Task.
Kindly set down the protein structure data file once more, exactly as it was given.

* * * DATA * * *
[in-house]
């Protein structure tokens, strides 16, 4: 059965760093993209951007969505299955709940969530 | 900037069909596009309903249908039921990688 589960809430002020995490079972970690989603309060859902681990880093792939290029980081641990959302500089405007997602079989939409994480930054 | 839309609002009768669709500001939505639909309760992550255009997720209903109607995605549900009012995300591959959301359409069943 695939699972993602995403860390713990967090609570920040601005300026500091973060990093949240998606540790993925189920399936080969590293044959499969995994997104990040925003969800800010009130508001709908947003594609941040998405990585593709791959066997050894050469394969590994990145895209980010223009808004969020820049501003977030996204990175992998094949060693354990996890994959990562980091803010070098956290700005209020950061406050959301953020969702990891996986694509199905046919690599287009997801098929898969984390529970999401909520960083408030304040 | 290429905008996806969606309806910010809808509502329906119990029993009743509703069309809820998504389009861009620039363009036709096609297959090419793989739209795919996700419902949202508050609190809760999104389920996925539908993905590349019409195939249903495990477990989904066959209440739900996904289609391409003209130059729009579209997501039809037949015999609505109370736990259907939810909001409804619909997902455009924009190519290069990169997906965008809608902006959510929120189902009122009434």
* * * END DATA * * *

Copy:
[in-house]
């Protein structure tokens, strides 16, 4: 059965760093993209951007969505299955709940969530 | 900037069909596009309903249908039921990688 589960809430002020995490079972970690989603309060859902681990880093792939290029980081641990959302500089405007997602079989939409994480930054 | 839309609002009768669709500001939505639909309760992550255009997720209903109607995605549900009012995300591959959301359409069943 695939699972993602995403860390713990967090609570920040601005300026500091973060990093949240998606540790993925189920399936080969590293044959499969995994997104990040925003969800800010009130508001709908947003594609941040998405990585593709791959066997050894050469394969590994990145895209980010223009808004969020820049501003977030996204990175992998094949060693354990996890994959990562980091803010070098956290700005209020950061406050959301953020969702990891996986694509199905046919690599287009997801098929898969984390529970999401909520960083408030304040 | 290429905008996806969606309806910010809808509502329906119990029993009743509703069309809820998504389009861009620039363009036709096609297959090419793989739209795919996700419902949202508050609190809760999104389920996925539908993905590349019409195939249903495990477990989904066959209440739900996904289609391409003209130059729009579209997501039809037949015999609505109370736990259907939810909001409804619909997902455009924009190519290069990169997906965008809608902006959510929120189902009122009434």